But there’s something else the Kaiser report drives home: most of those gaining coverage are doing so not via the exchanges (although those are important too) but via Medicaid. And that’s important as an answer to critics of Obamacare from the left.

There have always been critics complaining that what we really should have is single-payer, and angry that subsidies were being funneled through the insurance companies. And in principle they’re right; the trouble was that cutting the insurers out of the loop would have made the plan politically impossible, both because of the industry’s power and because of the unwillingness of people with good coverage to take a leap into a completely new system. So we got this awkward public-private hybrid, which I supported because it was what we could get and despite its impurity it dramatically improves many people’s lives.

But it turns out that many of the newly insured are in fact being covered under a single-payer system — Medicaid.

All of which functions as a good intro to this shorter verbatim Lambert Strether:

I believe there should be equal access to health care for all, and so the fact that ObamaCare helps some people is just proof that it doesn’t help all, equally. Why is the random delivery of government services considered praiseworthy?

If a government policy cannot provide everything, we should not care if it helps anyone. Got it.

At this point, it’s probably superfluous to note that Lambert also refuses to criticize the irrational and immoral Halbig decision, while implicitly defending it with idiotic Republican talking points. Why shouldn’t he? His critique is for all intents and purposes incidental to the Republican one. Both would happily strip millions of people of health coverage to demonstrate their obsessive opposition to Obama. To both, no legal argument that could damage the ACA and strip people of insurance could possibly be too specious. Both would rather have a Republican in the White House (Obama, says Lambert, is the “more effective evil” because some people will purchase private insurance, and of course the whole industry would have spontaneously combusted without the ACA, and better millions of people go uninsured than any rentier make a profit.) That one side tries to cover up their cruelty by theoretically supporting bad alternatives they have no intention of enacting and the other tries to cover up their cruelty by theoretically supporting good alternatives that have no chance of being enacted is a distinction without a difference.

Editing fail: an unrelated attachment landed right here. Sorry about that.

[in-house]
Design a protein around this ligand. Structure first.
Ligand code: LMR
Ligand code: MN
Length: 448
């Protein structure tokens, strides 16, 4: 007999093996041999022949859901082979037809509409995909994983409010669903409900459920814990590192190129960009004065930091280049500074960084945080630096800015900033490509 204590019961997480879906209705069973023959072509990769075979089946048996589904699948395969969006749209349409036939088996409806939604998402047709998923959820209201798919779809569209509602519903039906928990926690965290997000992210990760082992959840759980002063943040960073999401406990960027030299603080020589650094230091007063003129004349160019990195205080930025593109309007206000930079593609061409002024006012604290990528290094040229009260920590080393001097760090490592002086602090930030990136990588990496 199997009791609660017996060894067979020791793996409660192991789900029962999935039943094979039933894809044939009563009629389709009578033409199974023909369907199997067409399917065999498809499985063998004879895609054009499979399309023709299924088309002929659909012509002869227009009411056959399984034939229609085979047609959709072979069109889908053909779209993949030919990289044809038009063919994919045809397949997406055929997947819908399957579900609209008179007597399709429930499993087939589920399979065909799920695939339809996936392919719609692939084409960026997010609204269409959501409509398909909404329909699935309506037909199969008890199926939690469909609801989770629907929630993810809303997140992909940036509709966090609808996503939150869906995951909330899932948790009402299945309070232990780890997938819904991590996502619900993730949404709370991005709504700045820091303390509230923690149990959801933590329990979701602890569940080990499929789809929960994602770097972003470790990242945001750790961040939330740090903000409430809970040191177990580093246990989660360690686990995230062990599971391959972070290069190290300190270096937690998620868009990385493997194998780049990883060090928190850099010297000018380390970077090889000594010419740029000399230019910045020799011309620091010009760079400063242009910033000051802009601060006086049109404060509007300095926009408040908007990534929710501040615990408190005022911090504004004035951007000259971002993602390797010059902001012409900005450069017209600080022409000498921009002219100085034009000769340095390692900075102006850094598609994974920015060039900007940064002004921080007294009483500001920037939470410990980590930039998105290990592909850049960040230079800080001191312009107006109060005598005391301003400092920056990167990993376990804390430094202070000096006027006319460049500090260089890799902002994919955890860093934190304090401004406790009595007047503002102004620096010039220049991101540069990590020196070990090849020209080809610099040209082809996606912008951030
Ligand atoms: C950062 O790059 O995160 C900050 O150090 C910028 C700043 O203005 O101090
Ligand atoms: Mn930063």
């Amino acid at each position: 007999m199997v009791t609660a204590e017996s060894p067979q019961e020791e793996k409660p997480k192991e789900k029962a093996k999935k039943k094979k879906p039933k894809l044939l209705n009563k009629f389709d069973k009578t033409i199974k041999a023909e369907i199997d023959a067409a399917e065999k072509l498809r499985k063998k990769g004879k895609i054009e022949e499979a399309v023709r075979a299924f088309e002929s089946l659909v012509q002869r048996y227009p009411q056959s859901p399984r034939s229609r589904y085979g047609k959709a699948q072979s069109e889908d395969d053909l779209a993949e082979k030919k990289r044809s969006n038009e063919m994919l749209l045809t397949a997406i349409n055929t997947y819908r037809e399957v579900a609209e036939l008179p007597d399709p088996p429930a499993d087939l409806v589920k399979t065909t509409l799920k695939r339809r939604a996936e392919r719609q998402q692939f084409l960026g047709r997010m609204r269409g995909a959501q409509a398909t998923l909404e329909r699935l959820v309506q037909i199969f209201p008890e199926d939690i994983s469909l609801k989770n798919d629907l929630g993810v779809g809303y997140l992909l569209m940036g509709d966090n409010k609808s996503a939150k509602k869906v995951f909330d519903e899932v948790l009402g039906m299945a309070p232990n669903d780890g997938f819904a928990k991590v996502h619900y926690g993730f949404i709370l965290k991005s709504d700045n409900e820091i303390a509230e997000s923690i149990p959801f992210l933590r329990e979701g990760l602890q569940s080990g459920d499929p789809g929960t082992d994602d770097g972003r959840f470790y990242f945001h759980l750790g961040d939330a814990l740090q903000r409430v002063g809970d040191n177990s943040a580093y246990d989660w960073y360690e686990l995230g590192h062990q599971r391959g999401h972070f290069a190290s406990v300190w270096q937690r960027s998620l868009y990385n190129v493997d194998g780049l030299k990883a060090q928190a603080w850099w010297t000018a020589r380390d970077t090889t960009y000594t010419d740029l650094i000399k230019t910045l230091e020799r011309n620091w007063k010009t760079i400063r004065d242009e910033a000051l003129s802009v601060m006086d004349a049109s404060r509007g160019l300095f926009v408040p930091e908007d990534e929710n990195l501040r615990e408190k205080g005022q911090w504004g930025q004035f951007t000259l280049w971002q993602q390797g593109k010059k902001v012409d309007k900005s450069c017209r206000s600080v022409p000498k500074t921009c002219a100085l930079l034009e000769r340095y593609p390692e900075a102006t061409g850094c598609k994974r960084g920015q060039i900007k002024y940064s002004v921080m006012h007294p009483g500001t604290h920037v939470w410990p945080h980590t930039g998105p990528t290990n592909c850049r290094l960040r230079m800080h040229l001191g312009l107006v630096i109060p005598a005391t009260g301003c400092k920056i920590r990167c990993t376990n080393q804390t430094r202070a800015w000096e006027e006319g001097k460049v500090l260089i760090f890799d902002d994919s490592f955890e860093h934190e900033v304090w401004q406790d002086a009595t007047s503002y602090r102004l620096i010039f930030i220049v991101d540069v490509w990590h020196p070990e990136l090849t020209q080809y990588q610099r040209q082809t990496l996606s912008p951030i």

Share with Sociable

Lydia Loveless

[ 6 ] July 30, 2014 |

One album I recommend very highly is Lydia Loveless’ Somewhere Else. This young, talented singer from Ohio is definitely someone to check out if you haven’t yet. If you haven’t heard her, this NPR performance is a good place to start, although quite a bit more subdued than her album. I read somewhere that her dad was in the band for awhile, but too many of her songs were about sex so it was too weird. Another excellent musician from southern Ohio as well, which seems to generate a whole lot of underrated music.

Share with Sociable

Oliver on the Nuclear Community

[ 26 ] July 30, 2014 |

Nice.

Share with Sociable

Are There Too Many Craft Beers on the Market?

[ 190 ] July 30, 2014 |

Living in Rhode Island, with one of the nation’s worst brewing scenes, the answer is absolutely not, but even when I am in paradise Oregon, the answer is still no. Yet some are concerned.

Located off Rhode Island’s coast, the Atlantic Ocean isle is filled with bluffs, beaches, and rolling hills, such as the one atop which the Atlantic Inn is perched. Here, on the lush lawn in front of the 1879 hotel, you can sit in white Adirondack chairs and watch the rippled waters. Or, on a recent summer morning, you could plop beside Dogfish Head president Sam Calagione and discuss craft beer’s coming bottleneck.

“We’re heading into an incredibly competitive era of craft brewing,” he says. “There’s a bloodbath coming.”

This may seem alarmist. After all, the Brewers Association just announced that 3,000-plus craft breweries now operate in America. Last year’s craft sales climbed 17.2 percent, overseas exports have escalated, and breweries such as Lagunitas, Sierra Nevada, and Oskar Blues recently constructed second breweries to spread their bitter ales farther, wider, and fresher. Heck, Stone is building a brewery in Berlin. Berlin!